[Listen and learn : Panel]
Digital tote resources
Purpose & objective
Education and infrastructure Challenge: By immersing them in content and concepts as active participants, games are changing children’s perspective of themselves as learners. They require students to see failure as learning and to leverage game rules vs. their own goals. They force them engage in model-based thinking, value collaboration, theory crafting, and collective intelligence -- and favor exploration, lateral thinking, and testing limits over routinized thinking, making effort and not luck as the basis of success. This panel will look through the lenses of four of the world’s experts on games and learning what’s working, what’s next approaches for reaching learners through games.
USA Today’s Greg Toppo, author of The Game Believes in You
Show how students as “gamers” can proactively contribute to teaching, learning, curriculum and classroom building -- and get teachers to think as designers
Explore the massive social interest driven systems of teaching, learning, modding and interaction built around games outside of school help reform classrooms.
Evidence of success:
Specifically regarding iCivics, which teaches civic education through video games:
•The average 8th grader spends 5-6 hours per week on homework. Conversely the average 8th grade girl spends 12 hours playing games, while the average boy spends 24 hours.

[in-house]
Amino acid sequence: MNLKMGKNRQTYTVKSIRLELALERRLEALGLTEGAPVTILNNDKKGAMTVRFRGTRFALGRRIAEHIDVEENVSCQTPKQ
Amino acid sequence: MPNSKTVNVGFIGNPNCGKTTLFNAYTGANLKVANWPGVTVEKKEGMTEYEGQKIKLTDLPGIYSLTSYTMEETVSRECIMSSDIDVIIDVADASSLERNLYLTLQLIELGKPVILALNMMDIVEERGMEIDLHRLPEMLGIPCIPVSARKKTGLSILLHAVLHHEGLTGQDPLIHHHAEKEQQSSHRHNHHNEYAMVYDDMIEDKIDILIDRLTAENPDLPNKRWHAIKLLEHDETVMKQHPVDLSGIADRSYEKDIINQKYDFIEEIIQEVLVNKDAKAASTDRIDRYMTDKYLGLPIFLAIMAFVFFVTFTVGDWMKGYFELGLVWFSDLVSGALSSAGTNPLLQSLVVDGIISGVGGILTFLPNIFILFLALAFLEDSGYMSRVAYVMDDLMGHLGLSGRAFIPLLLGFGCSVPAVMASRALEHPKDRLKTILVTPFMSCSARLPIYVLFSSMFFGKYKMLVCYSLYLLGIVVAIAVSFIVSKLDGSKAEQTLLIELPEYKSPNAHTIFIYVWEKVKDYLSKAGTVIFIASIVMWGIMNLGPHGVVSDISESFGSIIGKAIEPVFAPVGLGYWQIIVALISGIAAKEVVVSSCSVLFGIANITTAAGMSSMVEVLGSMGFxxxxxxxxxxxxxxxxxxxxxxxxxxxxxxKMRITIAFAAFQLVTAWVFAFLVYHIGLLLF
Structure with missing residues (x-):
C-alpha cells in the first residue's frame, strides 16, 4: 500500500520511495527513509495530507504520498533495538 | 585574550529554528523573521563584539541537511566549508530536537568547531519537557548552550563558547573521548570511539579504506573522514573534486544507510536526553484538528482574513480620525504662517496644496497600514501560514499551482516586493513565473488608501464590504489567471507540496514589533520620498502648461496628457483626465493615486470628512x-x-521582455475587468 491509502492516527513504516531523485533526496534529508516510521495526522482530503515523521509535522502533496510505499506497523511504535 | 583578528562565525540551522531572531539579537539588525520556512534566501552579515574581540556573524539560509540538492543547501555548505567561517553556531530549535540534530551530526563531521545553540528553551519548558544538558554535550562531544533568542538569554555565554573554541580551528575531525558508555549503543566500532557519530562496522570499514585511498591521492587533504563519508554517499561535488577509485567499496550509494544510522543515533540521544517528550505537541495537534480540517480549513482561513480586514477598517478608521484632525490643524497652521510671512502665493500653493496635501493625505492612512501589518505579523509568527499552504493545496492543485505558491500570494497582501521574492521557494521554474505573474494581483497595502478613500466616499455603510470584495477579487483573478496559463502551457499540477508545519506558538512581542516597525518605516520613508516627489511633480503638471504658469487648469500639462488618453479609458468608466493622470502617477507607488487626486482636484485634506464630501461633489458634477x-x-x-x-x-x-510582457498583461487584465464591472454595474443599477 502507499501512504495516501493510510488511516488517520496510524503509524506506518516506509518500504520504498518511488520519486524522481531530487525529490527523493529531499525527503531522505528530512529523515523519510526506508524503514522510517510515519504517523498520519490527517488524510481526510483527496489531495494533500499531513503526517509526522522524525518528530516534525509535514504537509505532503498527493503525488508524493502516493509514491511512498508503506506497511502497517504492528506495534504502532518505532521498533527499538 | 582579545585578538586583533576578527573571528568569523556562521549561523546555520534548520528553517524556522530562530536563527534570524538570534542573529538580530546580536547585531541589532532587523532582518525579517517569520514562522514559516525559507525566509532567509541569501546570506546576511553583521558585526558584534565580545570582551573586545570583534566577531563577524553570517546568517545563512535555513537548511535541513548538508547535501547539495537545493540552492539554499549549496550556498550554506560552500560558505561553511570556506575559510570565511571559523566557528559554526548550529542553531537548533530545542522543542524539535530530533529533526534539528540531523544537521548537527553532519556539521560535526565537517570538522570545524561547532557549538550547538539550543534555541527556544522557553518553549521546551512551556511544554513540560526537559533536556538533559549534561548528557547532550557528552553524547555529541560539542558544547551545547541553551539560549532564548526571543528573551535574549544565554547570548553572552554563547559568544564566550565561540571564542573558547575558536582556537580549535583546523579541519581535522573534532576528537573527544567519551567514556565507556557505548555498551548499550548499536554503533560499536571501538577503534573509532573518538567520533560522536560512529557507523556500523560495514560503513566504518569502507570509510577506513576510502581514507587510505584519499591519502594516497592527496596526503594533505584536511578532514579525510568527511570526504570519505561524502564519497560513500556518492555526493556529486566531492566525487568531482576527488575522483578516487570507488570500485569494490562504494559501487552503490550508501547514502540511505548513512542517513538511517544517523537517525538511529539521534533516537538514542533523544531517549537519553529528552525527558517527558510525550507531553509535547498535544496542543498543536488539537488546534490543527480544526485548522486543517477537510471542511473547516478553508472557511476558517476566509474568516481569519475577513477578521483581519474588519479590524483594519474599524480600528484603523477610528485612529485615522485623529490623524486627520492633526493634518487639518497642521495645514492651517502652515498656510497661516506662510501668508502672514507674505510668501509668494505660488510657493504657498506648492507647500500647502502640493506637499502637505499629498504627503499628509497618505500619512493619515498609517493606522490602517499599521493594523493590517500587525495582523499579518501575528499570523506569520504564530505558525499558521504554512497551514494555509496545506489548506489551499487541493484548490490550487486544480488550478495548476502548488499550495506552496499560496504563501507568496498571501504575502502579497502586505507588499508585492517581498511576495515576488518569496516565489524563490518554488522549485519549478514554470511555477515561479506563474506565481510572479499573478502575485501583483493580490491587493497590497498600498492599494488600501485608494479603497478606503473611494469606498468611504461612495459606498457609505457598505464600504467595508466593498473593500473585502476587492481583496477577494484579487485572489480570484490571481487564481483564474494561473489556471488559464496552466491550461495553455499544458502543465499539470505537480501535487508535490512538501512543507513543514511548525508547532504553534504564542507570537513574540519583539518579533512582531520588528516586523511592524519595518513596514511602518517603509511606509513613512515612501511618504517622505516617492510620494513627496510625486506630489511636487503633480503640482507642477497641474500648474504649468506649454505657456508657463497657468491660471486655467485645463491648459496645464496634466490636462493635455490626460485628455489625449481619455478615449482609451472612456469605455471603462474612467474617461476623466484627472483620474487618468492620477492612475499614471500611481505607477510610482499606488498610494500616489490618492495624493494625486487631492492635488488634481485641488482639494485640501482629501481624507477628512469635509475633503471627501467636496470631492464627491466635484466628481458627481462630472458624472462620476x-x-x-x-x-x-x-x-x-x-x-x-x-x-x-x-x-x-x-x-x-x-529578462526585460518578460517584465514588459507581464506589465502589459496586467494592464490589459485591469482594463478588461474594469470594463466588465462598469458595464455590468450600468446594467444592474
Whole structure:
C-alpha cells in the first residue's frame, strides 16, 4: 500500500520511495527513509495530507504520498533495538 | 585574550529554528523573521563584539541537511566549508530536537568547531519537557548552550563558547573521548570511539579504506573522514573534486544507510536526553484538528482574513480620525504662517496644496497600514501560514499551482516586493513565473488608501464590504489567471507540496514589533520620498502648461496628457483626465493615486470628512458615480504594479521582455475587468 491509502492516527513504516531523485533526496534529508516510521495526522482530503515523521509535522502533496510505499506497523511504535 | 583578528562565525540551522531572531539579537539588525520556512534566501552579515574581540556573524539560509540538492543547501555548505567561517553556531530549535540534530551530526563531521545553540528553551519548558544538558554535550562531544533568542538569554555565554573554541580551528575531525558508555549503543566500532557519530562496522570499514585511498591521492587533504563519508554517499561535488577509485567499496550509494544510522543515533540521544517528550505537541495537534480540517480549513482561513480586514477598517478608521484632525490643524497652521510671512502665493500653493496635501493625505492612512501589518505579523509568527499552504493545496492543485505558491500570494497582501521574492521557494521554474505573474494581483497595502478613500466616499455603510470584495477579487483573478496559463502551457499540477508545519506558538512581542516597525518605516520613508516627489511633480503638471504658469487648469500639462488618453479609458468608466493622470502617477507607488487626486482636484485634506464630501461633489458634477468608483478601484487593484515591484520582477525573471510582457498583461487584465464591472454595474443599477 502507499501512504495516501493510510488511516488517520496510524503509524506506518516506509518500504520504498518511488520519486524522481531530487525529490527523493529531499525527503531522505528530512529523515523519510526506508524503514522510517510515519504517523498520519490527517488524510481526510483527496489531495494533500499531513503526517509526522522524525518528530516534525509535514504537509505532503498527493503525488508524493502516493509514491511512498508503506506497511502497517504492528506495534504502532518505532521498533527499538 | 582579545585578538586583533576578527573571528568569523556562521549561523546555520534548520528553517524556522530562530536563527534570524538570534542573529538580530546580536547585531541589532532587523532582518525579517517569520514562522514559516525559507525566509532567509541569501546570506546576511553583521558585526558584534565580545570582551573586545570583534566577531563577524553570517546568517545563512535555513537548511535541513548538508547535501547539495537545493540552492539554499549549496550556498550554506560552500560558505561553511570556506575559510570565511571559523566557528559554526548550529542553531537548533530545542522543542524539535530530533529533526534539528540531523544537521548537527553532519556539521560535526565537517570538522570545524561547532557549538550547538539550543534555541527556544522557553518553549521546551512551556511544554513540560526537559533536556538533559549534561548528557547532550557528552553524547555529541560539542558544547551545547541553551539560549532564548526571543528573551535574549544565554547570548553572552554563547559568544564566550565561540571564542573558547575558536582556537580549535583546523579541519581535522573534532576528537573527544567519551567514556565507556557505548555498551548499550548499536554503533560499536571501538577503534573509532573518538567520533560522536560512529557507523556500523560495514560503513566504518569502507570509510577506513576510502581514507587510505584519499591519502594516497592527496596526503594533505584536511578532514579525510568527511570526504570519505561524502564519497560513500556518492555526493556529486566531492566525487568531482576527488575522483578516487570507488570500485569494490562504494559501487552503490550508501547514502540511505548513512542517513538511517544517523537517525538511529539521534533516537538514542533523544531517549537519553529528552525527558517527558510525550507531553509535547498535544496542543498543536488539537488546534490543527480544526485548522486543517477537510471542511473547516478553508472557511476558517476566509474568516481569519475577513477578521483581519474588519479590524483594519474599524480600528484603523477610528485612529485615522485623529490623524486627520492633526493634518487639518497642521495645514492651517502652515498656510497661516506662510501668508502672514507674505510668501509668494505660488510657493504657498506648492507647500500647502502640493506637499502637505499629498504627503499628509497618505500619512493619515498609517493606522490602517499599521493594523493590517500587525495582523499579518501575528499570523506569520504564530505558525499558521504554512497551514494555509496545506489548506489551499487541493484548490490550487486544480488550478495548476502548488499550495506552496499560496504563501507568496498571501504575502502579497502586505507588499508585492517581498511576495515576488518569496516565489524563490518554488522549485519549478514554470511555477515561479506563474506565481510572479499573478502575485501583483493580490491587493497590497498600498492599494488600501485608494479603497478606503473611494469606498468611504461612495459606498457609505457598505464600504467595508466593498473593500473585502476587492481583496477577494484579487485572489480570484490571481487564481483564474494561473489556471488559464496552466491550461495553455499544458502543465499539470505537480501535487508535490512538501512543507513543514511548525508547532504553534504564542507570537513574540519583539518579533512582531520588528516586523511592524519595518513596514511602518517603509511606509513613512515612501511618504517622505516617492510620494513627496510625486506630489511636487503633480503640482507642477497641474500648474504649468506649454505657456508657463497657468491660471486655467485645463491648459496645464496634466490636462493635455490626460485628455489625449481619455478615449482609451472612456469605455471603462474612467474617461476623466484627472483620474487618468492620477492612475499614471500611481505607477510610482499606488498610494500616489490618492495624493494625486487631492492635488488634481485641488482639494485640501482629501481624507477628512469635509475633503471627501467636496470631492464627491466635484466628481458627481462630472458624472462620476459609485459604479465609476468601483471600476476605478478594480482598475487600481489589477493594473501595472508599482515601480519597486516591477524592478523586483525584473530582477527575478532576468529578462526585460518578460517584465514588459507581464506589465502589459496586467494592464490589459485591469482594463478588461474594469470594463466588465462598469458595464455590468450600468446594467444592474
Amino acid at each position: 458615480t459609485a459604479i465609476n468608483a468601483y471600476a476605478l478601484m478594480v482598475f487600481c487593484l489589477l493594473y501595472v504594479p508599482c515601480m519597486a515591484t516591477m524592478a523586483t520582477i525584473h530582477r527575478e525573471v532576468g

•iCivics games have proven engaging. Its website averages almost 2.5 million visitors per month during months when school is in session with a total of nearly 30 million meaningful gameplays of more than 5 minutes.The average time on gaming is 6 min 19 seconds.
•iCivics has published 21 digital educational resources including video games and more than 150 lesson plans, offering the most comprehensive, free standards-aligned civics curriculum available on the internet.
•iCivics currently reaches students in zip codes within nearly 85% of the U.S. population—from New York City to the remote islands of Alaska—serving all socioeconomic backgrounds. 45% of our registered educators work in disadvantaged schools.
•In 2011 Baylor University study showed students has a 19% in test scores after playing the game for at least one hour per week for six weeks. Younger students nearly doubled their scores.
•Separate independent studies by SRI International in 2013 and Tufts University in 2012 both showed that iCivics’ Drafting Board helped drastically improve students’ ability to form arguments.
•A 2010 Arizona State University study showed that students playing iCivics’ Branches of Power game had a 20% improvement in student knowledge between pretest and posttest results.
Introduction by USA Today’s Greg Toppo, author of The Game Belongs in You, about why games are such a fascination and what he’s found in his own resarch (5 min).
Introduction by James Gee about his seminal research, Louise Dube’ about the award winning work of iCivics and Rebecca Ruffo Tepper about their work. (10 min)
Conversation about what each have seen in the classroom and research and design labs and how games are truly changing learning. (35 min)
Time — 60 minutes
Constance Steinkhuler and Kurt Squire
Steinkuehler, C. (2012).
Greg Toppo (2015)